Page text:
Peter Pan & Wendy: Never Lands, by Tyler Smith
To watch David Lowery’s Peter Pan & Wendy, is to engage in a frustrating – but fascinating – conflict. Produced by Disnay, the film attempts to capture the whimsical spirit of the 1953 animated feature, while trying to inject modern complexities. The result is often intriguing, but ultimately falls short of being a truly satisfying film going experience.
For those familiar with J.M. Barrie’s classic tale, the beginning of the film holds no real surprises, Wendy Darling (Ever Anderson) and her two younger brothers (Joshua Pickering) and (Jacobi Jupe) are living in their stuffy London home, frustrated by the rigidity of their uptight parents. They are soon whisked away by the magical “Boy who never grew up”, Peter Pan (Alexander Molony) and his pixie friend, Tinker Bell (Yara Shahidi), to the wondrous Neverland. There they encounter Peter’s loyal followers, the Lost Boys, along with a band of fearsome pirates, lead by the misanthropic Captain Hook (Jude Law).
What follows is a battle between boy and man, young and old, good and evil. This is nothing new in the story of Peter Pan. However, Lowery and his co-writer Toby Halbrooks strive to modernize and soften the story, changing character motivations and backstory. This is a perfectly admirable goal, but the writers never quite manage to blend these two sensibilities. Instead, it often feels like they bring the fantastical and other worldly elements of the story to a screeching halt so that we might confront the psychological intricacies that lay behind our characters actions. This leads to my suspicion that Lowery feels hemmed in by his source material and is eager to shoehorn in his own narrative preoccupations.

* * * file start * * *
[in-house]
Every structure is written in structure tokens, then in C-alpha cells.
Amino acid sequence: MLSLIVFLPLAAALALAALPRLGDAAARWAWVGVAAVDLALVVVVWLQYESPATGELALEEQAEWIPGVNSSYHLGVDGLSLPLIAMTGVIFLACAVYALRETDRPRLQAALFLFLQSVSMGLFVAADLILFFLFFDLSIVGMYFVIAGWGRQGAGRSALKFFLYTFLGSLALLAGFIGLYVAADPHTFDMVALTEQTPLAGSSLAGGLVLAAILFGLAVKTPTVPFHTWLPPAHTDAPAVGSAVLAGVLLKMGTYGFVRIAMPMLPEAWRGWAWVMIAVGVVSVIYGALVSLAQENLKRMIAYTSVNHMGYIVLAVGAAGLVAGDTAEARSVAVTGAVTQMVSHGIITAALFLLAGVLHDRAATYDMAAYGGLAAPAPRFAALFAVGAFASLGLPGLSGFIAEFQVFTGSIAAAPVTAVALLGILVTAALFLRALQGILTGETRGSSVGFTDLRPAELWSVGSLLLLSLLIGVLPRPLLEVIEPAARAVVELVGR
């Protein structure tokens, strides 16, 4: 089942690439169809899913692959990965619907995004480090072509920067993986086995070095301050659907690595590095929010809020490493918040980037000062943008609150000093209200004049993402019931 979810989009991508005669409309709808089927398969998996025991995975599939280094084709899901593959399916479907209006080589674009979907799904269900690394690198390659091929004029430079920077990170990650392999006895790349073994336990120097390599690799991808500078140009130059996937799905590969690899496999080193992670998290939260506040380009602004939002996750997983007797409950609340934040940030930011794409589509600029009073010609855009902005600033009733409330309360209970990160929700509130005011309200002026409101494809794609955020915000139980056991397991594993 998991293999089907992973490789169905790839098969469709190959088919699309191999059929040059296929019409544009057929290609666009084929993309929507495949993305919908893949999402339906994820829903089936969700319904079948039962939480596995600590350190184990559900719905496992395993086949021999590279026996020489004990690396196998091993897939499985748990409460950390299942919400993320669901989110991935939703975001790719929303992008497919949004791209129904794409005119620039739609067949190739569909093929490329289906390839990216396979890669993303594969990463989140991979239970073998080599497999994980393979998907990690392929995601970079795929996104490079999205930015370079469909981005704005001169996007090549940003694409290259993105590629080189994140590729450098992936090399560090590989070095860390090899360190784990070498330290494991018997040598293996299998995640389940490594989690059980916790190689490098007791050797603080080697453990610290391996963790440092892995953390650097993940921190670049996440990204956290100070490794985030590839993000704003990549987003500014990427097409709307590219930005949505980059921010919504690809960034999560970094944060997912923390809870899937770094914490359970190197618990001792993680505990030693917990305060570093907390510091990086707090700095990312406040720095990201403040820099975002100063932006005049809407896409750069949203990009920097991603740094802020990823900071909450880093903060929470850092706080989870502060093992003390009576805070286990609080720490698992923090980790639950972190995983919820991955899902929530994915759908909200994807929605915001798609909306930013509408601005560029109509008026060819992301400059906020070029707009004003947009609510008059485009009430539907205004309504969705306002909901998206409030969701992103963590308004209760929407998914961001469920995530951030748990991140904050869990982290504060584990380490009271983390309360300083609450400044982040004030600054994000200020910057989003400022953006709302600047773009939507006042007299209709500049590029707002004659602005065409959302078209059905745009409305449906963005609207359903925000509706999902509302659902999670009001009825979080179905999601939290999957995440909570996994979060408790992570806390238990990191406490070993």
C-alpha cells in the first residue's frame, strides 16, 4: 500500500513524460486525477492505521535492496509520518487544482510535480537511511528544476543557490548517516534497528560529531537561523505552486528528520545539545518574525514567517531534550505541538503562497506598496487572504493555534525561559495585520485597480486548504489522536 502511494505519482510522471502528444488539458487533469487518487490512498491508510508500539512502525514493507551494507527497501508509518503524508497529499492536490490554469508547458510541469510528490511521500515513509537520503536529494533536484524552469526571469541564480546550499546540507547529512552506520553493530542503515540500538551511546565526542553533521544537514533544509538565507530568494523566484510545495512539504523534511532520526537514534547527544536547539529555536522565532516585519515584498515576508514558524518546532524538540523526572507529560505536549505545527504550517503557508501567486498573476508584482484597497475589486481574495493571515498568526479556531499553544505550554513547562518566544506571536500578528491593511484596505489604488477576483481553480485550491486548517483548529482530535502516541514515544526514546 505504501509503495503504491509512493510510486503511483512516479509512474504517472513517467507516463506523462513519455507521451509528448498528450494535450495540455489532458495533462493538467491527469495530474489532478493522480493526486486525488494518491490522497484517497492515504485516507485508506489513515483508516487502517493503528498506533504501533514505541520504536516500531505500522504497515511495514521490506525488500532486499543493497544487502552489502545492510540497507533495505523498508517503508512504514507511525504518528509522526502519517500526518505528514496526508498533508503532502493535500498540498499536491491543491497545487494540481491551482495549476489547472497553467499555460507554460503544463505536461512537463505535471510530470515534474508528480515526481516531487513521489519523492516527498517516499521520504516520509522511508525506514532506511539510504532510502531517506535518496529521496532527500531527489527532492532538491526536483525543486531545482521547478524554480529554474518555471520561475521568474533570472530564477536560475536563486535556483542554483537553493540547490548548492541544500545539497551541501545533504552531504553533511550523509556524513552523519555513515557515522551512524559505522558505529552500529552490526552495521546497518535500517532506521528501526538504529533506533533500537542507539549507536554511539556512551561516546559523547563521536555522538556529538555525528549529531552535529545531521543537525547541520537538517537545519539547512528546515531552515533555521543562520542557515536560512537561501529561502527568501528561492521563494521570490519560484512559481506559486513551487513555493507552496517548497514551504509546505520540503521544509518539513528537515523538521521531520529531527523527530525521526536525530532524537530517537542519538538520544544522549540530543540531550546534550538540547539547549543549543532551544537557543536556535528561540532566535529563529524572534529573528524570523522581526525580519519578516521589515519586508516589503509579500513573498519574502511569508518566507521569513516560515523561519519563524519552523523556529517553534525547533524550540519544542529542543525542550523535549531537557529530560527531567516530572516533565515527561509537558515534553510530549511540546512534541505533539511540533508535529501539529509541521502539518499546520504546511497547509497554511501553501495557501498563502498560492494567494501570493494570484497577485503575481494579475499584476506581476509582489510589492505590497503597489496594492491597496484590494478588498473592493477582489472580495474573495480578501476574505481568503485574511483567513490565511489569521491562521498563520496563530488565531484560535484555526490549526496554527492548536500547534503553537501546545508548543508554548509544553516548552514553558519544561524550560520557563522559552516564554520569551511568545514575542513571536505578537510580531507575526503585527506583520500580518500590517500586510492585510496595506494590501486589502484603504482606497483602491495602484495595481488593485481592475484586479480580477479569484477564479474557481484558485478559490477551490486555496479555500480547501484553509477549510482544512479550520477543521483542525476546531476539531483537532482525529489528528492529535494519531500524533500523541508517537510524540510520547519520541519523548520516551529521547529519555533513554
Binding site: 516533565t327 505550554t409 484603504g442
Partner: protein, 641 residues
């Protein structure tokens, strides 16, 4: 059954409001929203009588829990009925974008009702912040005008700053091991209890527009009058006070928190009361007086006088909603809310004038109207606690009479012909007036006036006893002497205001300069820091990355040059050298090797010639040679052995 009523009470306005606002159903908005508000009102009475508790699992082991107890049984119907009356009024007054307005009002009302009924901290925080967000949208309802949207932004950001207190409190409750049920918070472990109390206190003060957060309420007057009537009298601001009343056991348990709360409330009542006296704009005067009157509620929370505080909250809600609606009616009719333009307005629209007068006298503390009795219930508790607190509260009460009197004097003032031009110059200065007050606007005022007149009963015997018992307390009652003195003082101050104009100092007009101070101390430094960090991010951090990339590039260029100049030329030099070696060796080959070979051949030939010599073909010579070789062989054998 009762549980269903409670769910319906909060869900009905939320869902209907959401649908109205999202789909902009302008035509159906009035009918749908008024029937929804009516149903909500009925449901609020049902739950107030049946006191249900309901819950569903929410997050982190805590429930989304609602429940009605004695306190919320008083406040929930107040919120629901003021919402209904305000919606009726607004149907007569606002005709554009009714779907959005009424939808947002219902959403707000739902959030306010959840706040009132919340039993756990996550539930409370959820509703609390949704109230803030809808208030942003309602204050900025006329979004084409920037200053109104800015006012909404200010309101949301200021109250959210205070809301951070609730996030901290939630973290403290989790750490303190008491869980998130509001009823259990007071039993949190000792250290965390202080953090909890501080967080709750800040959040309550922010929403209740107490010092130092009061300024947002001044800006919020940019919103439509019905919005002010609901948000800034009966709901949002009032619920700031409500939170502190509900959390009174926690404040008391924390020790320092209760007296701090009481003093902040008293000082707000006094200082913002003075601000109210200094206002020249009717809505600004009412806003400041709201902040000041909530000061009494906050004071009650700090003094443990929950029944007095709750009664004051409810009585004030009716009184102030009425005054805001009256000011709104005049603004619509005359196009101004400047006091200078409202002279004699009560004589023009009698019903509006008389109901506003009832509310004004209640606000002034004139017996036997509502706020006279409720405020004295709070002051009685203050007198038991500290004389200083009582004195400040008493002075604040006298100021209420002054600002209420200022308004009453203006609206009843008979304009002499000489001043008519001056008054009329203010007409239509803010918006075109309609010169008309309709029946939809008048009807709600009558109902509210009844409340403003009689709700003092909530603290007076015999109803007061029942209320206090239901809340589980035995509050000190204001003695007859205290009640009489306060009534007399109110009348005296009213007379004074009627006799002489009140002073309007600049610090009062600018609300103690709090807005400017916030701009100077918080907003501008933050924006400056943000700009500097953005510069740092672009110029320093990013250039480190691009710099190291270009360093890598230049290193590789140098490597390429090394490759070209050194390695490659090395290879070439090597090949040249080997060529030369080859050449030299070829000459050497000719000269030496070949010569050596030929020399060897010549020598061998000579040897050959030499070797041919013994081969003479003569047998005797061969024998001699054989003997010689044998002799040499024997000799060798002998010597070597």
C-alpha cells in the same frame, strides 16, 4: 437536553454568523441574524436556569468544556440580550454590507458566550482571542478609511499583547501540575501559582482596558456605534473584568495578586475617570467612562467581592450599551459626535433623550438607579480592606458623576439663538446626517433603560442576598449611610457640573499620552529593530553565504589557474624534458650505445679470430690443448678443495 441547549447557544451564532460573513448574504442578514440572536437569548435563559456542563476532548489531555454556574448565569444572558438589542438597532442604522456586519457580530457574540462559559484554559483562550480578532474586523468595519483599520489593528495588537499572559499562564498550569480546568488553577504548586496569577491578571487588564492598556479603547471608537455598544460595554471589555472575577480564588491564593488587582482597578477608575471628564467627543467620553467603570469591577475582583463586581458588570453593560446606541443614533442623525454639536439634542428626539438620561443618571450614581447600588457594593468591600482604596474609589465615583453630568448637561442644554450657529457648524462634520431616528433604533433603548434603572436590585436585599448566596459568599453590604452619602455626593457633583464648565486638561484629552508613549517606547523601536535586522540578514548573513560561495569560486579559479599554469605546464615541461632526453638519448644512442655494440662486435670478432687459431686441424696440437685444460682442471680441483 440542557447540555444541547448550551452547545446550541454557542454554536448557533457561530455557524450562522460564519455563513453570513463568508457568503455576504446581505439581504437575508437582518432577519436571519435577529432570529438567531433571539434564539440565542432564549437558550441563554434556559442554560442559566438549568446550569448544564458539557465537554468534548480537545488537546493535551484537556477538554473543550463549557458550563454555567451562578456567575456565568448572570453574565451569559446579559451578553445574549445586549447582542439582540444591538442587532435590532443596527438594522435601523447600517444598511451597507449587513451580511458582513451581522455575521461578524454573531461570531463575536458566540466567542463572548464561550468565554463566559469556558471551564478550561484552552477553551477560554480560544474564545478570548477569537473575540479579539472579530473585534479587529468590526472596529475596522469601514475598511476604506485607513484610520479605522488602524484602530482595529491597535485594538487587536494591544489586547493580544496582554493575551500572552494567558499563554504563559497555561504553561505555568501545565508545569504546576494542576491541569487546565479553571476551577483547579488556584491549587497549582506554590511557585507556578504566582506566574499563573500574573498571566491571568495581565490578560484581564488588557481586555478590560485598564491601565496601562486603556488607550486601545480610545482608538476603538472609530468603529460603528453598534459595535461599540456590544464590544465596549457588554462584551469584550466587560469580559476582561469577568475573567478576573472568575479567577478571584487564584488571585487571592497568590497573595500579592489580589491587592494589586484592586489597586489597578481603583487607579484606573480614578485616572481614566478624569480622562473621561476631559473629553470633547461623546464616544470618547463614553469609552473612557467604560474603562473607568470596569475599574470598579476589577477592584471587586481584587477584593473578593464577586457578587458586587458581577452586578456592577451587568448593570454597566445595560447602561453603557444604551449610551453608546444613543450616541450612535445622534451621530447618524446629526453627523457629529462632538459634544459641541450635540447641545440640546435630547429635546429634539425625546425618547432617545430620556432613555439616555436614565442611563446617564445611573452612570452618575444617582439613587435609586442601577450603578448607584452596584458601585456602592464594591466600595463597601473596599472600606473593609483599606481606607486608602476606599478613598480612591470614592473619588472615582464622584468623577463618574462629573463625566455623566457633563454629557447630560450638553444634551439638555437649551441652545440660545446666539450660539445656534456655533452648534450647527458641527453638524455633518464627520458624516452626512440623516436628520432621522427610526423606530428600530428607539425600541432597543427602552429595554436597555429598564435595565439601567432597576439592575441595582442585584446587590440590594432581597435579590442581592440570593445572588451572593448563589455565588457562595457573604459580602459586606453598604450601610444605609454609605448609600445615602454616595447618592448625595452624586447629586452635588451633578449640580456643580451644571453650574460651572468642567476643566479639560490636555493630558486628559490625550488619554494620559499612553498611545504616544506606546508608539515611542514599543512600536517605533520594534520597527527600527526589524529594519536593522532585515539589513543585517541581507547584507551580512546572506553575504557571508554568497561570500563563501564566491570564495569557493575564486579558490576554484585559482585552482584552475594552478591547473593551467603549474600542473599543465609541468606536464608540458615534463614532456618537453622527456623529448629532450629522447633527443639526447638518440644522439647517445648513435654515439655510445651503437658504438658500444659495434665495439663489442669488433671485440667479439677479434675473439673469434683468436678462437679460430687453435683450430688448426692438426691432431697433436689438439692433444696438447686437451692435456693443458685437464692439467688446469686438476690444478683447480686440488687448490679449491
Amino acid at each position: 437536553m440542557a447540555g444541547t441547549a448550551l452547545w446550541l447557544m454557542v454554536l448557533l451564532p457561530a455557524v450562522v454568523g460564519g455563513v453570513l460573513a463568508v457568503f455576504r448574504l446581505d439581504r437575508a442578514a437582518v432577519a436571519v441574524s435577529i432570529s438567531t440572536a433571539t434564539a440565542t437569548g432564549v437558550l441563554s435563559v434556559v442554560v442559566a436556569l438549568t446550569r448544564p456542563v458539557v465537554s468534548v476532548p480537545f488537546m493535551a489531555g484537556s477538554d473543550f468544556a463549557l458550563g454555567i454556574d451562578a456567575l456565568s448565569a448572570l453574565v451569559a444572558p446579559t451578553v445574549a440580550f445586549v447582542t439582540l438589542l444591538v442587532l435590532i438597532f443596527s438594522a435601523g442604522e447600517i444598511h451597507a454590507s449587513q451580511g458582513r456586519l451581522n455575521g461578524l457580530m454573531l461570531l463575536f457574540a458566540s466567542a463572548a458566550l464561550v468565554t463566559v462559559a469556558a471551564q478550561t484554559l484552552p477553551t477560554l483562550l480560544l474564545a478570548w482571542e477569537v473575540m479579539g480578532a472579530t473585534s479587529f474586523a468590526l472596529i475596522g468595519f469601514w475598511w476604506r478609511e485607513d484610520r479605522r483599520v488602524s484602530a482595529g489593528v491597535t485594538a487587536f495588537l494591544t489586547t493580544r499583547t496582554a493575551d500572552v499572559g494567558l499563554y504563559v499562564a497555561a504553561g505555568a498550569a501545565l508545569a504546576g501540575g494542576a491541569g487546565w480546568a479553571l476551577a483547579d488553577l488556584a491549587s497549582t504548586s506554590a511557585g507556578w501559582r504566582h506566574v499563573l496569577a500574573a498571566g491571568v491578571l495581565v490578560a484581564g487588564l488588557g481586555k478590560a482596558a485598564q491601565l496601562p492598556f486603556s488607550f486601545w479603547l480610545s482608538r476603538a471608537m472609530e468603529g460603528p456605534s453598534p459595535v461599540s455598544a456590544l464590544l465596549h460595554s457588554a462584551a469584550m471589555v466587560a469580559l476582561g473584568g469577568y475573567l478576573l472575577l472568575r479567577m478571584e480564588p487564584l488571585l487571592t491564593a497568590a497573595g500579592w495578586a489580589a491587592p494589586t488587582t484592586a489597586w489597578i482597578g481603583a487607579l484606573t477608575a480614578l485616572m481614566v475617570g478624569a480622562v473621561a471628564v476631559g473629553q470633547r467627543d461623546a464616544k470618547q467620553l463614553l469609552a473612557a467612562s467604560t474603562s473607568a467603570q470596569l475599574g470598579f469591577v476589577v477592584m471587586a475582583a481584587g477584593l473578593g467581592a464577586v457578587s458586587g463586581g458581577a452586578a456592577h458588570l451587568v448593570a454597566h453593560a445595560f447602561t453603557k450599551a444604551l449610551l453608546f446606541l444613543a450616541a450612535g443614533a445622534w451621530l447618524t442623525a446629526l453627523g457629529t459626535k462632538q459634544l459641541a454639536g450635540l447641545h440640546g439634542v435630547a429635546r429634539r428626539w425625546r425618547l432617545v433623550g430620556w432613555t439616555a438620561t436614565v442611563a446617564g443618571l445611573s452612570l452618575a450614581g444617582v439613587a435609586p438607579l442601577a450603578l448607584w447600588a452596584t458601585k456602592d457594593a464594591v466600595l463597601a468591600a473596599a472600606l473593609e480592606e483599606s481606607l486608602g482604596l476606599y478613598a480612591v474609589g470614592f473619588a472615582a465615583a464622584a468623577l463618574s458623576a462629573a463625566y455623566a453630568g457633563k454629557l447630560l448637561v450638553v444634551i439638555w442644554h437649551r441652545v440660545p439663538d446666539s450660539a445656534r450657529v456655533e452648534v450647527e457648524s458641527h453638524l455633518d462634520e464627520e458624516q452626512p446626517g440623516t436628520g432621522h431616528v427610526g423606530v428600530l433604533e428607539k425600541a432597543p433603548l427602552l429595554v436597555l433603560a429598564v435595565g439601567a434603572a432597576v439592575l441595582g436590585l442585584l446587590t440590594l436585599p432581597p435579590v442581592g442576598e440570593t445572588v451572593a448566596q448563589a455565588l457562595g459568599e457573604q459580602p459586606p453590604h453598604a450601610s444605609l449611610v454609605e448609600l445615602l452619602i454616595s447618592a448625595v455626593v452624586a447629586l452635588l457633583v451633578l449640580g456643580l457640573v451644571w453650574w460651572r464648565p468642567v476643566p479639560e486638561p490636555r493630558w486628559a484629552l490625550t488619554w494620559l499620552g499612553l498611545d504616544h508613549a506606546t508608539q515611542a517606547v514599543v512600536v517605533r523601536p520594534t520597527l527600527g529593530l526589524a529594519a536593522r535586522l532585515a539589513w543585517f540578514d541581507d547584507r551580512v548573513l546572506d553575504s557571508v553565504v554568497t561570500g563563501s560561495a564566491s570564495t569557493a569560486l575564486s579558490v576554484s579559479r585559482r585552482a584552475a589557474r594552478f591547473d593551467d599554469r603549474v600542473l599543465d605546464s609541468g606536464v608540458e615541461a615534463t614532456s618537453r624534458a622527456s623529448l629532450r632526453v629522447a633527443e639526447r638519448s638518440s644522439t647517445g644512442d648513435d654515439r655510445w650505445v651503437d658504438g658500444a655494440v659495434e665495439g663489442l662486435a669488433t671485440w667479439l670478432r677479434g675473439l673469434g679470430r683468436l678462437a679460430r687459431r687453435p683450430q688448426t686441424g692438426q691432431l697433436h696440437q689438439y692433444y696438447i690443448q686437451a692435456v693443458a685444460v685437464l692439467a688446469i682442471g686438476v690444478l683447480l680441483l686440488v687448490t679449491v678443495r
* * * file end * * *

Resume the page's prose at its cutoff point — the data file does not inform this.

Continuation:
So focused is Lowery on these new elements, that he forgets to incorporate many of the basic plot points of the original story. For example, it is established that Captain Hook hates clocks, but we are never shown why, as when the crocodile does show up his trademark ticking sound does not precede him. Furthermore, the characters – and the audience – are never allowed to truly take in the beauty and awe of Neverland.
This last omission is especially unfortunate, as Lowery brings his signature visual style to the film. Every frame of the film is filled with minute detail and lush colors. Lowery is first and foremost a visualist, finding romance and beauty in even the most dour of settings, so it is a shame that we are rarely given the opportunity to explore the gorgeous frames he creates. He is too busy delving into complicated back stories to ever truly invite us into this amazing world.
And charged with delivering this flagrant exposition is an ensemble of talented actors, with one notable exception. Providing the heart and soul of the film is Anderson. She hits every beat with the perfect blend of childlike wonder and a nagging sense of responsibility. Wendy is a character that has always tempered her excitement with skepticism, and Anderson plays both beautifully. As Hook, Law imbues the character with the appropriate amount of melancholy, suggesting that Hook is conflicted about his evil temperament, but can’t do anything about it. The rest of the cast provides solid support for our leads, which makes Molony’s lackluster performance all the more unfortunate. While perfectly capable of selling the emotions of the character he never quite exudes the charisma necessary to make us really root for him. Peter Pan requires a level of reckless energy that inherently draws the audience’s attention to him. Sadly, though Molony is not an untalented actor, he never achieves the necessary spark that makes for a memorable performance.
In the end, Peter Pan & Wendy is a fantasy film that undercuts its own sense of wonder. Despite gorgeous visuals and some inspired performances the film gets bogged down in the director’s more modern intentions. It is this conflict that keeps an otherwise intriguing movie from ever taking flight.